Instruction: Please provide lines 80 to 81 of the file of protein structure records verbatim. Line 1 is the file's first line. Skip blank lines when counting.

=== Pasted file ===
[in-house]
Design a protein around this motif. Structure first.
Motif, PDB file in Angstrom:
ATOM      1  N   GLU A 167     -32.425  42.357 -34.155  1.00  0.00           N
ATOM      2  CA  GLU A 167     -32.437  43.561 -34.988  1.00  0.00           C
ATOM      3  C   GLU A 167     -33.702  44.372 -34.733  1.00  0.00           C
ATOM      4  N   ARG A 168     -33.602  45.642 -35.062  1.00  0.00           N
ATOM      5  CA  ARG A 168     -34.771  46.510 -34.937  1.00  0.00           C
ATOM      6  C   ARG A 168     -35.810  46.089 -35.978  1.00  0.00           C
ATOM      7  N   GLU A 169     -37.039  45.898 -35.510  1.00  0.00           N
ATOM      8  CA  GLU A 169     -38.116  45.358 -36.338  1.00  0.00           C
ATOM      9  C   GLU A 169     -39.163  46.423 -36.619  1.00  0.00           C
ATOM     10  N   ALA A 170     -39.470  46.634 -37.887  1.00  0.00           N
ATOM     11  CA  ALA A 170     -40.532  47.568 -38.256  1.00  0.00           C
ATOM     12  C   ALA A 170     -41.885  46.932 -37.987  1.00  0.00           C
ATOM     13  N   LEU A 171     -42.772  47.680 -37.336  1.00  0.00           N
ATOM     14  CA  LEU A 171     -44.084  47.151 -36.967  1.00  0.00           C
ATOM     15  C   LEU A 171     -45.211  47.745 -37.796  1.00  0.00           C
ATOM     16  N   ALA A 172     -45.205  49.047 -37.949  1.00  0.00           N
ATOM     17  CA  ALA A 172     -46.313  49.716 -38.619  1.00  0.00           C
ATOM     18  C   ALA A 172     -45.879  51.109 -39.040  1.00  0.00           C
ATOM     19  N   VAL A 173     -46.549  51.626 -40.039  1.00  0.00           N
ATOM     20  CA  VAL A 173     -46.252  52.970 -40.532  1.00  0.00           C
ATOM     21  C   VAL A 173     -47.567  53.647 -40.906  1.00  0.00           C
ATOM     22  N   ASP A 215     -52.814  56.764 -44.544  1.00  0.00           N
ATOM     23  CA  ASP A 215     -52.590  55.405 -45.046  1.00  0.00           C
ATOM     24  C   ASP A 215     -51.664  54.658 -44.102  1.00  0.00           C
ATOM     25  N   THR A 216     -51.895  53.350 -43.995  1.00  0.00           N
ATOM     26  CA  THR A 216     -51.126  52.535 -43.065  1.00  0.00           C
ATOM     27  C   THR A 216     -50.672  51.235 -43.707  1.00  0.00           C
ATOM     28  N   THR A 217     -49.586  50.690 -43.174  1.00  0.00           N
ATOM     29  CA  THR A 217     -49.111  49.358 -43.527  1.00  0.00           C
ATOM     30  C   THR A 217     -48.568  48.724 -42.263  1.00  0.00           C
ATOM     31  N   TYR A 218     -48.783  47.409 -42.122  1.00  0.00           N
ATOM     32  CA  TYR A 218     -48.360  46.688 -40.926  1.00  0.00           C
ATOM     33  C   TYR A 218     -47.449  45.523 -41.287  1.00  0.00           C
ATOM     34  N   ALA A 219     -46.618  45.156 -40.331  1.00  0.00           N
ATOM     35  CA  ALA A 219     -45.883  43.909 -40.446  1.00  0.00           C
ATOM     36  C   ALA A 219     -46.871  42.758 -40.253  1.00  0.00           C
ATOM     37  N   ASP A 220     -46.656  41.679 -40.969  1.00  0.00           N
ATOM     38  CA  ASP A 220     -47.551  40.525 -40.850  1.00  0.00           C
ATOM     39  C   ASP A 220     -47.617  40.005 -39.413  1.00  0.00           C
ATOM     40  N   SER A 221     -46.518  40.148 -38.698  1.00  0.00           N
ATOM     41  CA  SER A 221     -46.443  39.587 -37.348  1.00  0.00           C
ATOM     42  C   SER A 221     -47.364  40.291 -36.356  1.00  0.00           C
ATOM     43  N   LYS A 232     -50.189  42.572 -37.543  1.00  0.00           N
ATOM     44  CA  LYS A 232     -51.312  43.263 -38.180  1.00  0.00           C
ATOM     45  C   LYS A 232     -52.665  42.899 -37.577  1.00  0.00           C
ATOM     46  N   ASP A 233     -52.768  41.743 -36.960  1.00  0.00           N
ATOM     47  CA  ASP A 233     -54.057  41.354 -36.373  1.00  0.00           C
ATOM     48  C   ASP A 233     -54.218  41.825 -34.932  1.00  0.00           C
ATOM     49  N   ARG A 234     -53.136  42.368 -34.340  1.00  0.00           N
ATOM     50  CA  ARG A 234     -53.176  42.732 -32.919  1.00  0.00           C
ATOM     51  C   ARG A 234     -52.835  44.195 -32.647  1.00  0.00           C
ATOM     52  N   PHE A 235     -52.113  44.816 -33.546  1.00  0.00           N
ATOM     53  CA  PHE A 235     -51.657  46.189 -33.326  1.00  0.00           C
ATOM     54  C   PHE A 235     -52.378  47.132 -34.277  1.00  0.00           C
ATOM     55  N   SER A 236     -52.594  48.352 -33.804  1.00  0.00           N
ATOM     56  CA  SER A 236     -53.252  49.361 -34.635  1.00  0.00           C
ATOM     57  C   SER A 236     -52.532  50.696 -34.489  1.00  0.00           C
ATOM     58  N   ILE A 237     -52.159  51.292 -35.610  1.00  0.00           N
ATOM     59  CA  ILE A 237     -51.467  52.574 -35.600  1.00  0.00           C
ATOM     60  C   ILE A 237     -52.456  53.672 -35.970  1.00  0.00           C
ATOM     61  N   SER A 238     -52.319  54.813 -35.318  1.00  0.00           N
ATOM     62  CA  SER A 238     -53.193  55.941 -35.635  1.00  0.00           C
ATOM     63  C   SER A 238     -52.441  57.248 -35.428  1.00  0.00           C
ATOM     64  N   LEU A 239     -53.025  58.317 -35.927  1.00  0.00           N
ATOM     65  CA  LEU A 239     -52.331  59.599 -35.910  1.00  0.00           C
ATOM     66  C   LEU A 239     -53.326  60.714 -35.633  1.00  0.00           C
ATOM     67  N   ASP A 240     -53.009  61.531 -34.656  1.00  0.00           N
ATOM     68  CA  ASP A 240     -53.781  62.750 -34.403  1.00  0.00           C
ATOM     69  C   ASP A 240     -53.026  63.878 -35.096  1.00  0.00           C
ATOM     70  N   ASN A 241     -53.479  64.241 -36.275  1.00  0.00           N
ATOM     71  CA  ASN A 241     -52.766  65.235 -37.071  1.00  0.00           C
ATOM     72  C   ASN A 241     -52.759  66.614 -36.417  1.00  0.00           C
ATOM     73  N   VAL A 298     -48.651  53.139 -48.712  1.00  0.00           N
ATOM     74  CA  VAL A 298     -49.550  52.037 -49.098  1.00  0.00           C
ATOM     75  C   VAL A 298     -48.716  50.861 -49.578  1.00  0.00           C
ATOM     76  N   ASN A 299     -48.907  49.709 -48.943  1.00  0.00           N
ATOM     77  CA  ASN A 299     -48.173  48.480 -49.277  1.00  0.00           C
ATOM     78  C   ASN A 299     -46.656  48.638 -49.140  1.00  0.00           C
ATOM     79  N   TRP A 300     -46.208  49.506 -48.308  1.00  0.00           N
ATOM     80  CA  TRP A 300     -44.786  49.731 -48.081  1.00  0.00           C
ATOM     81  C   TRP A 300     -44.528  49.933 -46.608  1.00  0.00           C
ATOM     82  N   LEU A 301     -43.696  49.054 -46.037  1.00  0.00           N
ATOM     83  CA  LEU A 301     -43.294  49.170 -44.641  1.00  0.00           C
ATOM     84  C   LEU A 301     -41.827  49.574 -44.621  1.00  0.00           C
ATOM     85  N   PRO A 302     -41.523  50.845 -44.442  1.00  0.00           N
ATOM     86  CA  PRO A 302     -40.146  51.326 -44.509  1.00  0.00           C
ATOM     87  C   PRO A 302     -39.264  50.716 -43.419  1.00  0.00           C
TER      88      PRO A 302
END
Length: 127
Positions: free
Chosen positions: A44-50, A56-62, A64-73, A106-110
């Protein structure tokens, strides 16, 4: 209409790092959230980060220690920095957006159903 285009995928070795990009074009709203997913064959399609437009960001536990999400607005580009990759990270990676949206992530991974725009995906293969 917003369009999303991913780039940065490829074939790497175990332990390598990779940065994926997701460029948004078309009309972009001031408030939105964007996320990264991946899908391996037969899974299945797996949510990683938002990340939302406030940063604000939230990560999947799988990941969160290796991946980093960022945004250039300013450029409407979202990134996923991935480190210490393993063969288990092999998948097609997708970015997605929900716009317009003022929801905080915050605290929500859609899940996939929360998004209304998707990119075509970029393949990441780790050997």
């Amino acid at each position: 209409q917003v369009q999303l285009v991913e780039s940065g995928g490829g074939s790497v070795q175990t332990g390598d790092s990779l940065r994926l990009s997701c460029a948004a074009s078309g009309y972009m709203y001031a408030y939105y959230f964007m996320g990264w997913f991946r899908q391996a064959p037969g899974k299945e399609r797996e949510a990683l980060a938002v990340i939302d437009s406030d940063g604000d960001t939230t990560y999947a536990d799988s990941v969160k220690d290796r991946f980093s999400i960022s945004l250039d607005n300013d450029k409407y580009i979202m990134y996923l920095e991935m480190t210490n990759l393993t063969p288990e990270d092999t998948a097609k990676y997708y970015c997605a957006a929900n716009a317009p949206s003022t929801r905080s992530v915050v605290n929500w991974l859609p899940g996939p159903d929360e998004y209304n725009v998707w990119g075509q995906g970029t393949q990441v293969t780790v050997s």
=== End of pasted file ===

ATOM     77  CA  ASN A 299     -48.173  48.480 -49.277  1.00  0.00           C
ATOM     78  C   ASN A 299     -46.656  48.638 -49.140  1.00  0.00           C